consulted and interpreted when requested to do so, and ensured
actions prescribed were properly carried out. They also had responsibility
for supervising the worship of any foreign deity which was introduced
the religion of the state from time to time, usually on the recommendation
the Sibylline Books.
The earliest state religious festivals were celebrated with games,
the very first one recorded at Rome, the festival to Conusees
at which the
Serbian women were kidnapped. The Consualia, traditionally celebrated
Rome on 21 August, was also the local Derby Day, the main event
chariot racing calendar. Whether it was a case of cause or effect,
underground granary, which housed the sacred shrine of Consus
opening sacrifice was conducted, was conveniently situated in
the middle of
the Circus Maximus, where the racing took place.
Another of the original racing festivals was the Equirria to Mars
October, this time on the Campus Martius, with its grisly climax.
Religious festivals could be grave as well as joyful. February
kinds. During the nine days of the Parentilia, during which the
were worshipped, state officials did no business, temples were
marriages forbidden. In complete contrast was the ancient and
gruesome Lupercalia, at which the deity honored was probably Faunus,
fertility, but the proceedings reflected the origins of Rome itself.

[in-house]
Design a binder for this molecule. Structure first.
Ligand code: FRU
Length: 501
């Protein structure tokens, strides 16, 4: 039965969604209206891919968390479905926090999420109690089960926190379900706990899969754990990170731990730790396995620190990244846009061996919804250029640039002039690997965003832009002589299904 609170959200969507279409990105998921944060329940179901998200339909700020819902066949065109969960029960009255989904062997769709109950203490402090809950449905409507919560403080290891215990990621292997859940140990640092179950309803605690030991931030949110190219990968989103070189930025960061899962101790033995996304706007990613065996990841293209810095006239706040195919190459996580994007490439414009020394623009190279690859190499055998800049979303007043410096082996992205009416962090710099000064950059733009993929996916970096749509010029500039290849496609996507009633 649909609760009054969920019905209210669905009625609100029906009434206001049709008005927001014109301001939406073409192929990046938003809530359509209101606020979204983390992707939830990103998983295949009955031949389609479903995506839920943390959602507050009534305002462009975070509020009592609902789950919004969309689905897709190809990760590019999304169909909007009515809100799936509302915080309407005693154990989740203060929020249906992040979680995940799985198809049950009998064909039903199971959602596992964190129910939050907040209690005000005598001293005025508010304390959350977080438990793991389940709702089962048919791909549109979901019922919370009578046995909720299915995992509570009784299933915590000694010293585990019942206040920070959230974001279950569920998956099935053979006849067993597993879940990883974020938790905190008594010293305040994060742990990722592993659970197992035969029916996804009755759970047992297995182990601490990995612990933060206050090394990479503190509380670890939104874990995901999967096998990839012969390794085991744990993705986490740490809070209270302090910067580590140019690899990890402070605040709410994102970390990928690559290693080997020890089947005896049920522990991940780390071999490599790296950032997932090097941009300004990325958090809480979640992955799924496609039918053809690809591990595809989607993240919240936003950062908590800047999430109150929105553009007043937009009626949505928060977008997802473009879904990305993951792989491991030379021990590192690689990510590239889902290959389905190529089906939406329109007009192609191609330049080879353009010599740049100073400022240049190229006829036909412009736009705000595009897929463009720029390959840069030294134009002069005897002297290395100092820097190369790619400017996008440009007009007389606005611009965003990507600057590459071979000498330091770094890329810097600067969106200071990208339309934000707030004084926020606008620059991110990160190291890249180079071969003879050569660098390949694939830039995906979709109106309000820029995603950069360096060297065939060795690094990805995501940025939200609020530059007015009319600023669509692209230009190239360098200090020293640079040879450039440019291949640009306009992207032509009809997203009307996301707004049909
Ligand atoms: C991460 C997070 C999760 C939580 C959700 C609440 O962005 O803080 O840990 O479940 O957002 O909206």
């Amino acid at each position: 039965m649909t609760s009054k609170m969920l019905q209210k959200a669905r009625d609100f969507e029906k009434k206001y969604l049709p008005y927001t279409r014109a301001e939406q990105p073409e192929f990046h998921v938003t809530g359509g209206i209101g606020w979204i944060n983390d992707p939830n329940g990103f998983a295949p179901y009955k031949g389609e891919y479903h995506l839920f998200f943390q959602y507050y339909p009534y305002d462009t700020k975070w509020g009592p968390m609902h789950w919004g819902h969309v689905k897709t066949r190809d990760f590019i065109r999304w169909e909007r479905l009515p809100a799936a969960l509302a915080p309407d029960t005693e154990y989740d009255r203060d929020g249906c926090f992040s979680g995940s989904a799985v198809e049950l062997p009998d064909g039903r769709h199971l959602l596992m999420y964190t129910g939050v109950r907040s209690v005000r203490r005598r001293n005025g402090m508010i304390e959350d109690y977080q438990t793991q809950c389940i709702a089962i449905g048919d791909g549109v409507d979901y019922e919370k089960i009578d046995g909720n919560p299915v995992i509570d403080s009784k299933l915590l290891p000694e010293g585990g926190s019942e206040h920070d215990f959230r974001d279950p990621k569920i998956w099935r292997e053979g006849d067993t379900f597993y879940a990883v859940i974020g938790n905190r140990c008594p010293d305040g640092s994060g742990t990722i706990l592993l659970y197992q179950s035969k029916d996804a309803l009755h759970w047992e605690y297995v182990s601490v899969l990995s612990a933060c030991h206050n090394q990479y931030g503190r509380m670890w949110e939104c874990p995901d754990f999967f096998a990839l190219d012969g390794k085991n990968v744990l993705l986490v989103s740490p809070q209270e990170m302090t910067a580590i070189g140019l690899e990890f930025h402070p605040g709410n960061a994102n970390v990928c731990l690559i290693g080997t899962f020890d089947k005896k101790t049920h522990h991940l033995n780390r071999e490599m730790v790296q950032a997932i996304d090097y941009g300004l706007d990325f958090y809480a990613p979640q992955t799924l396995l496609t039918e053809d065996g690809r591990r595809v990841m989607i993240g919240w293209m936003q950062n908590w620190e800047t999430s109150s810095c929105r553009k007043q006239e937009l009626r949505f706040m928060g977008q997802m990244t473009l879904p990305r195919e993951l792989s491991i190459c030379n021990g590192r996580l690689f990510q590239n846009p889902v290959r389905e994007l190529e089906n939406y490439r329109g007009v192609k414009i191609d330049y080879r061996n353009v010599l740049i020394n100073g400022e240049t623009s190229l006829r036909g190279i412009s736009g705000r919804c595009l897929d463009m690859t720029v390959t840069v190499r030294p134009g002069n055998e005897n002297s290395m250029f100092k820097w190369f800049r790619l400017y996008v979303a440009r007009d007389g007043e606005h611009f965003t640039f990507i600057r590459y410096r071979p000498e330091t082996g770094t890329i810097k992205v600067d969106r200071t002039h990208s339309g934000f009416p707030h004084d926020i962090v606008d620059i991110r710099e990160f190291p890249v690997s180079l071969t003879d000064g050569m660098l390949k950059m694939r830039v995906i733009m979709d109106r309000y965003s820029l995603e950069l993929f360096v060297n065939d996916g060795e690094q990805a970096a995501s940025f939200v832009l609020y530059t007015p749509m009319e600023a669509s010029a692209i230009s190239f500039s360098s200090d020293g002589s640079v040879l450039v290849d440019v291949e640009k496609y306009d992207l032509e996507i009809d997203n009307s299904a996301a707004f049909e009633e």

started in the cave where Romulus and Remus were supposed to have
suckled by the wolf. Several goats and a dog were sacrificed,
and the blood
smeared over two youths of noble birth. The pair then ran a prescribed
cross-country course, wearing goatskins and carrying strips of
which they whipped people as they passed. They blows were supposed
promote fertility, and women wanting to become pregnant would
themselves at strategic points on the course to receive their
The marathon festivities of Mars from 1 to 19 March were even
for the participants. Two teams each of twelve celebrants known
(jumpers) put on the helmets, uniform and armor of Bronze Age
leapt through the streets, chanting and beating their shields.
they rested, and feasted, at a prearranged hostelry or private
The festival of Vesta in June was a more sedate and dignified
For a week, the storehouse of treasures in the temple was open
to the public
(but to married women only), who came barefooted with offerings
of food. On
15 June the vestal virgins swept the place out, and public business,
had been suspended during the festival, was resumed. As an extra
touch, on 9
June mill-donkeys were hung with garlands of violets, decorated
of bread, and given the day off. There was not a month in the
which did not have its religious festivals. August, the sixth
month of the
old calendar, hosted, in addition to the Consualia, festivals
(god, not just of victory, but also of enterprise in business),
of harbors), Vulcan (god of fire), and Volturnus (god the river
was the month, too, in which the ancient festival of Diana was
That January should find itself the first month in the revised
entirely appropriate. Janis, who gave his name to it, was a god
the Romans and has no equivalent in any other mythology. He was
the god of
beginnings as well as of the door, which you meet you of course
meet when you
first enter a house. He not only began the year, and received
state sacrifice of the year at the Agonia on 9 January, but the
first hour of
the day was sacred to him, and his name took precedence over all
prayers. He's bearded, double-headed image appeared on the first
bronze coin of the republic, the as, in about 300 BC, and also
earliest silver coins, minted in Capua. The gates of his temple
in the north
east corner of the forum were, it is said, kept wide open in times
This meant that they were closed only twice in the succeeding